Many millions of years ago, a piece of a land broke away from the ancient continent, Gondwanaland, from the place we now know as Morocco, and traveled a long journey westward until it collided with the North American continent a bit to the south of Greenland. The first Europeans who visited this new world in 986 A.D. were the Icelandic Vikings under the command of Thorfinn Karlsefni, but the newcomers did not settle the area for a long time.
Five hundred years later, on June, 24, 1497, eighteen British sailors on the crew ship Matthew under the command of Genoese Captain Giovanni Caboto (in English, John Cabot) made the long crossing over the Atlantic Ocean in search of a sea route to China, but landed instead on the coast of an unknown island. They raised the Union Jack—the British flag—on this island and named it New Found Land.
Newfoundland is the biggest of the Atlantic Canadian provinces, the mother land for hundreds of thousands of caribou, millions of birds, the famous breed of black diving dogs and moose, which can be found walking on motorways. Human population on the island numbers half a million inhabitants (many with Irish origins), ten thousand of whom are divers. Newfoundlanders differentiate themselves from the Canadian nation. “The Irish spirit and traditions are still strong here,” the old residents tell us with pride. Local residents respond with pleasure to the nickname Newfy.
Newfy are benevolent, quiet, socially balanced and relaxed people, speaking one of the oldest English language dialects with the Newfoundland accent.
The capital of the island, St. Johns, is the most eastern port and the oldest city in North America. The city is filled with great history: Water Street – the first and oldest street of North America; the Titanic museum with exhibits of artifacts lifted from the sunken giant; Signal Hill with Marconi’s legendary tower—a symbol of the technological achievements of the last century when in 1901 the first transatlantic radio signals sounded in the heretofore silent ether of the planet; Cape Spear—the most eastern extremity of America; and the Bay of St. Johns—the first reliable harbour on the ocean away from Europe.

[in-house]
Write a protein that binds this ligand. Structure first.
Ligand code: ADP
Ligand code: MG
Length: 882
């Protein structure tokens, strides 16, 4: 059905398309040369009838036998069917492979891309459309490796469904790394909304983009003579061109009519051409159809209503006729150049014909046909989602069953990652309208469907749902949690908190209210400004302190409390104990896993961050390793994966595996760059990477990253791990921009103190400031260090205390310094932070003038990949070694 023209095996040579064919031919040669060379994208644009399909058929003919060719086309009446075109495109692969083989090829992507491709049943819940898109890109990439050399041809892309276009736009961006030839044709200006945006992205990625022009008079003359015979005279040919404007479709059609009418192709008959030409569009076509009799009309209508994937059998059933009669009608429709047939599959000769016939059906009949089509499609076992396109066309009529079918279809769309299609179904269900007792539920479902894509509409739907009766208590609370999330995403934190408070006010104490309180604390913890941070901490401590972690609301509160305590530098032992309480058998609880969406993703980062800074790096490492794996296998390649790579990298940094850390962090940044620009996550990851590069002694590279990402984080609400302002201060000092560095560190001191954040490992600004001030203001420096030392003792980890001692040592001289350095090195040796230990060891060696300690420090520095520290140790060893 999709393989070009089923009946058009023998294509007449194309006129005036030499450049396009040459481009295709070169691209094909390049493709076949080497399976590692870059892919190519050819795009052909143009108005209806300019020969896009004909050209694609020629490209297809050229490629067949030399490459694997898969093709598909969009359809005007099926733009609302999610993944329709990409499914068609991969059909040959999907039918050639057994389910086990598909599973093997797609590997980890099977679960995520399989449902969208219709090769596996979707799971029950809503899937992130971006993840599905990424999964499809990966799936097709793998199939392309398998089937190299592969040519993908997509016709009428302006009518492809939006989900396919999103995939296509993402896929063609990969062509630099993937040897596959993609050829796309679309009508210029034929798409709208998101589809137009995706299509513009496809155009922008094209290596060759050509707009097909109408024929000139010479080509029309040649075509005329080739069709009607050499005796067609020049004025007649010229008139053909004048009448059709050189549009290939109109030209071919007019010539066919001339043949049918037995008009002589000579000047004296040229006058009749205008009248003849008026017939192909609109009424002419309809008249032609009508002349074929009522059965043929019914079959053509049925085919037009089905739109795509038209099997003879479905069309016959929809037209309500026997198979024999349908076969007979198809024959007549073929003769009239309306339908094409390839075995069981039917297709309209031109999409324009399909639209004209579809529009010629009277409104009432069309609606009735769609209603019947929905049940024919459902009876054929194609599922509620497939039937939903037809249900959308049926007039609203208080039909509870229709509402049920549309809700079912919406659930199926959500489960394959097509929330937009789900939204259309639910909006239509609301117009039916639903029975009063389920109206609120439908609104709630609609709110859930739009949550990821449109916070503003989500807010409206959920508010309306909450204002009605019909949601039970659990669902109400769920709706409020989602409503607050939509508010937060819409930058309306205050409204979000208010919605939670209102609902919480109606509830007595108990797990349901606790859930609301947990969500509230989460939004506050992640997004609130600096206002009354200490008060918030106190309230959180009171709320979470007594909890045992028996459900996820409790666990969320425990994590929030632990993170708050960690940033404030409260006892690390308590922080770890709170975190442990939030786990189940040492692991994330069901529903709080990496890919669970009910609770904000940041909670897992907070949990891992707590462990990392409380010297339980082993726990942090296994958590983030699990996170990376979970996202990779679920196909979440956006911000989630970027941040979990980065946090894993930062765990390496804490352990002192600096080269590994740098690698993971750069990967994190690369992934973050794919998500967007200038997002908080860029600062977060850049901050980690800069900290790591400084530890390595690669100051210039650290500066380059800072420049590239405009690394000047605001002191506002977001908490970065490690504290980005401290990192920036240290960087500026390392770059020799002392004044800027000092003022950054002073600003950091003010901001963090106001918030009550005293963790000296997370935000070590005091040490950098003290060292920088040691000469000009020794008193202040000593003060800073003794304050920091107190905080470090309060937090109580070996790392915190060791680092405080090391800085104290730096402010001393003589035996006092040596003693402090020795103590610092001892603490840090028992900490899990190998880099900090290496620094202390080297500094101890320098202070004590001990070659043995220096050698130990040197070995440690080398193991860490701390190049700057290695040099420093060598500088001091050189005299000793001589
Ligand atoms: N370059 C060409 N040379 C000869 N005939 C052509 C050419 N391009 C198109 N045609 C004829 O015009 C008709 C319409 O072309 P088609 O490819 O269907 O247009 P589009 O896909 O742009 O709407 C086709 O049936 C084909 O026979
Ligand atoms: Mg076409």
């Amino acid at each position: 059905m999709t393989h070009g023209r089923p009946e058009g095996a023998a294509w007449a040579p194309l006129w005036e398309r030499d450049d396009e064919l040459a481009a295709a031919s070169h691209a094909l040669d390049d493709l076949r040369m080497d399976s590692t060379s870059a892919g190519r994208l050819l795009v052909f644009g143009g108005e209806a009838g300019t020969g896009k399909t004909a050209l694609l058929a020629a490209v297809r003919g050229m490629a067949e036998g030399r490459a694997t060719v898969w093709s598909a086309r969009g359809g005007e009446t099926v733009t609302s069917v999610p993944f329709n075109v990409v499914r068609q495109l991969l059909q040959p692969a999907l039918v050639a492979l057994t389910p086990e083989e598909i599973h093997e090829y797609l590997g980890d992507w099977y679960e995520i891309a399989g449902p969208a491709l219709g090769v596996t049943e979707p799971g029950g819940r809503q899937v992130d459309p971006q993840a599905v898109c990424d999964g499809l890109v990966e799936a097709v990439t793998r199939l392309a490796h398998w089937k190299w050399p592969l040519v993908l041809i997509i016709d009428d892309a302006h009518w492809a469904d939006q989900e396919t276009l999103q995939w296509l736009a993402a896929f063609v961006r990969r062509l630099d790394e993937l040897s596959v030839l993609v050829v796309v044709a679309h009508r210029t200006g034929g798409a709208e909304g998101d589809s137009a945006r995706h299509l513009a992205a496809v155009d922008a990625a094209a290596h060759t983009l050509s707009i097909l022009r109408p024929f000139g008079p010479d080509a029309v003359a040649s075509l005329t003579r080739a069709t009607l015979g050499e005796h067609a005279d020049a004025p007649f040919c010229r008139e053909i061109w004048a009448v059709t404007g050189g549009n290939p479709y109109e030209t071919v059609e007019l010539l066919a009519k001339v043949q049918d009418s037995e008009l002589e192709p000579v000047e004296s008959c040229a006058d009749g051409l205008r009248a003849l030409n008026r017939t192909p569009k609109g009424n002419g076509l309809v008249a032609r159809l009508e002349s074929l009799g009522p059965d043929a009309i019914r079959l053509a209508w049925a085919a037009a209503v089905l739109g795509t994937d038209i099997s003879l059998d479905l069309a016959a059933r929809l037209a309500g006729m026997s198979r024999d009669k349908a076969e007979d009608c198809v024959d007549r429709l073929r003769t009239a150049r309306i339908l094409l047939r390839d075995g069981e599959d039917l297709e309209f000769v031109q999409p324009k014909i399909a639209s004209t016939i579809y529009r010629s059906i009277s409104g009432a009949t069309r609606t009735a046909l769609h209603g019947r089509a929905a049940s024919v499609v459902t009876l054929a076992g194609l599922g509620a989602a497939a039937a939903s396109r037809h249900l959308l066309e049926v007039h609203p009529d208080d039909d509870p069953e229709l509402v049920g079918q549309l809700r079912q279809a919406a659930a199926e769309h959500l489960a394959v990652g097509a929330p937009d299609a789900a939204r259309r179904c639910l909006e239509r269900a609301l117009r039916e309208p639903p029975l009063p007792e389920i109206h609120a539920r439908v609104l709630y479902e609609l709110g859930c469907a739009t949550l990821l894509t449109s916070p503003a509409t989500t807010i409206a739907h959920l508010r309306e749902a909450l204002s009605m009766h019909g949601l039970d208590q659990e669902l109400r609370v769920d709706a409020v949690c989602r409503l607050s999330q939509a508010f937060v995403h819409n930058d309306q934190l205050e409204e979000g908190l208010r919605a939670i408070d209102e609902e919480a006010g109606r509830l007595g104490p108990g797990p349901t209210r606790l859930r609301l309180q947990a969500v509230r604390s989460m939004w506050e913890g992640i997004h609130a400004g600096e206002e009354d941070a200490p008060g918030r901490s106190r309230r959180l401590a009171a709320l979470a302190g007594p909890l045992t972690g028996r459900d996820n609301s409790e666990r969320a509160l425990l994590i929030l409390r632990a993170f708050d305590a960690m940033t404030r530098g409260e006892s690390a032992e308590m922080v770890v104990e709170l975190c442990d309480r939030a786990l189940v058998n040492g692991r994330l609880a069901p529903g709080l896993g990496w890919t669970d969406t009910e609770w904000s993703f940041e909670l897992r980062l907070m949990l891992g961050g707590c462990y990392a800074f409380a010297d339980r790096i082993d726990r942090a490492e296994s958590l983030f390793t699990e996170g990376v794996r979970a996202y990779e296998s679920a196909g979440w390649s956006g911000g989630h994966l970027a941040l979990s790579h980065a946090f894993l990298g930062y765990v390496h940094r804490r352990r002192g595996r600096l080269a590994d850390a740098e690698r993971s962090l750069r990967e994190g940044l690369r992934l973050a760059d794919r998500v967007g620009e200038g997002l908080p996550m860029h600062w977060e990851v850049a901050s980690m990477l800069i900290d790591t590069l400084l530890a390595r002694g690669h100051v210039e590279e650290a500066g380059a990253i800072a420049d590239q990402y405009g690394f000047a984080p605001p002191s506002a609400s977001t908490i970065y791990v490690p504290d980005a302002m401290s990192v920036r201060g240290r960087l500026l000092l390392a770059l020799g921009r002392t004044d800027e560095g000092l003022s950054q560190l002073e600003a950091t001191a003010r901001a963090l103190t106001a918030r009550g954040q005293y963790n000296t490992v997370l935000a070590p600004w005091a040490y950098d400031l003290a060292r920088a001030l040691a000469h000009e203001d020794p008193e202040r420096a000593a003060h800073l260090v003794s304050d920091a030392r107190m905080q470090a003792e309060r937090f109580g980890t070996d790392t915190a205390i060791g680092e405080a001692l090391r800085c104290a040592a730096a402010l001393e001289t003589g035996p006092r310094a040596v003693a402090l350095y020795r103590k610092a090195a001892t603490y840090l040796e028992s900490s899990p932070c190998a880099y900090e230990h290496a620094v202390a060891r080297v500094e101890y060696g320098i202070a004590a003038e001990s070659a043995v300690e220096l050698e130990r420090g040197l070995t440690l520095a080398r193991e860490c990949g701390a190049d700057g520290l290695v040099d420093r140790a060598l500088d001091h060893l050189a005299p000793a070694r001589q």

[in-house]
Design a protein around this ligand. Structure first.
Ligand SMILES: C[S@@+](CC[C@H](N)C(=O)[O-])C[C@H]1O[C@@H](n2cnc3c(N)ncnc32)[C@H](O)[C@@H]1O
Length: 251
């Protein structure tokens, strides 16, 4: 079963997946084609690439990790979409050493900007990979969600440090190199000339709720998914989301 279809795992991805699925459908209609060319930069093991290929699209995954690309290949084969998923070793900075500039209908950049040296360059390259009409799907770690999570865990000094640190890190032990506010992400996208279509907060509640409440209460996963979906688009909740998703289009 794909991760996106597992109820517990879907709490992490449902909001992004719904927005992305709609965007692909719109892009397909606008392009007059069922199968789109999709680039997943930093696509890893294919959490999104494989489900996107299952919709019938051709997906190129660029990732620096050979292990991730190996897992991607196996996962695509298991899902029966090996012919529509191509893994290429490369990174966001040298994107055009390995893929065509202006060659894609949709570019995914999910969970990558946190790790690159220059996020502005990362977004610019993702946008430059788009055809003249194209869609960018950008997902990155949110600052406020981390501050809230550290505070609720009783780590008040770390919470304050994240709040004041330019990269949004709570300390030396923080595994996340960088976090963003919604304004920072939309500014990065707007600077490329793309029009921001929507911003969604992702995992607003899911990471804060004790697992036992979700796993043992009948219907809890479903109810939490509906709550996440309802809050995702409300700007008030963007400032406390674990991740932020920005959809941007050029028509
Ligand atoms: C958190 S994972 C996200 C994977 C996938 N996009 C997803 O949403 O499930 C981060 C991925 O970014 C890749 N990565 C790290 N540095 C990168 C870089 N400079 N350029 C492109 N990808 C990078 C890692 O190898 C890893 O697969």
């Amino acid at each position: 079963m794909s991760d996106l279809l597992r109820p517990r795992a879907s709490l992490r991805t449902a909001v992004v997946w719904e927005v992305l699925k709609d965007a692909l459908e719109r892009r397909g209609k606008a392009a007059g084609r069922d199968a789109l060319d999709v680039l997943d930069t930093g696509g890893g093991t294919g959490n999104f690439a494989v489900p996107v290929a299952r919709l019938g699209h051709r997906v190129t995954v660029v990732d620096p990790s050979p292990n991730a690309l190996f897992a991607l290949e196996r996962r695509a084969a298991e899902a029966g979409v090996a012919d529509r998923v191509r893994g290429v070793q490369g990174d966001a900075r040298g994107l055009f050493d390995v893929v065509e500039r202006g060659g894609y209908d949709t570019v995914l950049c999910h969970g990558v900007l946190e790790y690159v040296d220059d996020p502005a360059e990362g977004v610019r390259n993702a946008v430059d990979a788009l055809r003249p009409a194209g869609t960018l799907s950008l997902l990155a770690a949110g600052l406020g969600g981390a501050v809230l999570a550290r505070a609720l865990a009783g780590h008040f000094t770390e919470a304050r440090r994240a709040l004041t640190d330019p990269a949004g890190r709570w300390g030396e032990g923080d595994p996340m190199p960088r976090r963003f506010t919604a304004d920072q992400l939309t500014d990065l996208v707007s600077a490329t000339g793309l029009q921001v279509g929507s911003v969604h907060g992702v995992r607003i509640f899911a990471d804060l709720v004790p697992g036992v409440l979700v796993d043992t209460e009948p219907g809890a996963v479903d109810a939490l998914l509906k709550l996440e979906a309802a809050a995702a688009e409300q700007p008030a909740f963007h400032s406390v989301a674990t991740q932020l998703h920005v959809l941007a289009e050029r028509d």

The weather of the northern Atlantic region does not indulge in permanency. The thick fog, snow or rain can suddenly be replaced by strong winds or a storm or by sunshine in the blue cloudless sky above the sea where icebergs race swiftly past the coast. Here, there are plenty of inns and bars, where it is possible to meet adventurers and seamen from around the world.
The nature here is familiar to me as it is an exact copy of the central part of Russia—birches, fur-trees, mountain ash, lilac, clover and rose-bay. Only the sea and underwater world are unique.
Where two powerful ocean currents meet—the cold Labrador current and the warm Gulf Stream—a unique underwater biodiversity is created.
Hundreds of species—seaweed, fish, sponges, anemones, jellyfish and starfish, molluscs, octopus, lobster and crabs, seals, white whales, narwhales, sharks and slopes—live and breed here. Newfoundland’s Great Banks, one of the richest places in the world’s ocean for fish, provides a habitat for the largest colony of sea birds on Earth as well as a population of over 5000 whales.
At the end of June and July, the sea giants, who have over eaten capelin and cuttlefish, start to play. They wave huge chest fins, clap tails and jump out of the water, attracting a human audience of enthusiastic gapers.
Aside from the whales’ performances, tourists and divers adore the parade of Greenlandic icebergs. Year round, Labrador’s current brings hundreds of the ice monsters that have broken away from a continental glacier. The age of some of these icebergs can reach up to ten thousand years, and they can weigh up to two hundred thousand tons. Nine-tenths of icebergs are under water, therefore one must immerse oneself with an aqualung to catch a glimpse of the blue bulky freakish forms of ice leaving the sea abyss. Nobody is left indifferent after such an experience.
Diving with whales
The North Atlantic is an area of risky diving. Too much depends on quickly changing weather conditions. The diving season in Newfoundland is from May until November. During the rest of the year, the bays become covered in ice.
Rick and Debbie Stanley, our kind dive masters and engineers of the Sea Quest Company, have constructed a magnificent two-floor hotel for divers with a great view over the sea bay and islands. Strong wind and rain remind us that it is time to go out and dive. “It is my swimming pool,” Rick tells us with pride as he shows us the bay, which is covered with fog. He adores his 18-seat dive boat, and while imitating Schumacher, flies out onto the bay in the huge brightly coloured red inflatable Zodiac with 150-strong Mercury engine, overtaking the wind. ...